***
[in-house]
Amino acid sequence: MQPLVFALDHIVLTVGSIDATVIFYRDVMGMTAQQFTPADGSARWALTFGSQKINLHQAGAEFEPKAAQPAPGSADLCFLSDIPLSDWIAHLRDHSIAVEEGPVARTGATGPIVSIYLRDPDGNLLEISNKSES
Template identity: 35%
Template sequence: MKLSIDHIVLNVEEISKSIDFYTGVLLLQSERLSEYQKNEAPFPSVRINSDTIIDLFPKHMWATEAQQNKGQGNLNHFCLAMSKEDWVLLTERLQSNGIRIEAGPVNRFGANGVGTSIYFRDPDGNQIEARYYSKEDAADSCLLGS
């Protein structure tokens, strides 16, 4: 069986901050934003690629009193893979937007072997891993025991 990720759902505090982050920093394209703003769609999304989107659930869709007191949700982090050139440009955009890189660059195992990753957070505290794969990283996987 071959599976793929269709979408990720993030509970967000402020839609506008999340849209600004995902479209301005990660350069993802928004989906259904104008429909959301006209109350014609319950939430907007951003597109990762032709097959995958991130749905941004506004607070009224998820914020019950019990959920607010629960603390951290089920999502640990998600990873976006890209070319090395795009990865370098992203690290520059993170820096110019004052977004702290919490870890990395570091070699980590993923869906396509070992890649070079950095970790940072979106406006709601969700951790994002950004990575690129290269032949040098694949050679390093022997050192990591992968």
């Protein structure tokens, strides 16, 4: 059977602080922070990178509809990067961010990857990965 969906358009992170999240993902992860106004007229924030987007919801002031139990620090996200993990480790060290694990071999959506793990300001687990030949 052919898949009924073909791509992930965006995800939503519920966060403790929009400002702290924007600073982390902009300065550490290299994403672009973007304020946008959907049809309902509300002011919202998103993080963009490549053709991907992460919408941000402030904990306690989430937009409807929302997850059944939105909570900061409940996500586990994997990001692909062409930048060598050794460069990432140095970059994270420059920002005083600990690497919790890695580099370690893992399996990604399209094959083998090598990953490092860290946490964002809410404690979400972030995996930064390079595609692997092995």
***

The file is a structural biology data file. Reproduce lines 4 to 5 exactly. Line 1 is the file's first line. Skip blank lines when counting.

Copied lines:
Template sequence: MKLSIDHIVLNVEEISKSIDFYTGVLLLQSERLSEYQKNEAPFPSVRINSDTIIDLFPKHMWATEAQQNKGQGNLNHFCLAMSKEDWVLLTERLQSNGIRIEAGPVNRFGANGVGTSIYFRDPDGNQIEARYYSKEDAADSCLLGS
């Protein structure tokens, strides 16, 4: 069986901050934003690629009193893979937007072997891993025991 990720759902505090982050920093394209703003769609999304989107659930869709007191949700982090050139440009955009890189660059195992990753957070505290794969990283996987 071959599976793929269709979408990720993030509970967000402020839609506008999340849209600004995902479209301005990660350069993802928004989906259904104008429909959301006209109350014609319950939430907007951003597109990762032709097959995958991130749905941004506004607070009224998820914020019950019990959920607010629960603390951290089920999502640990998600990873976006890209070319090395795009990865370098992203690290520059993170820096110019004052977004702290919490870890990395570091070699980590993923869906396509070992890649070079950095970790940072979106406006709601969700951790994002950004990575690129290269032949040098694949050679390093022997050192990591992968």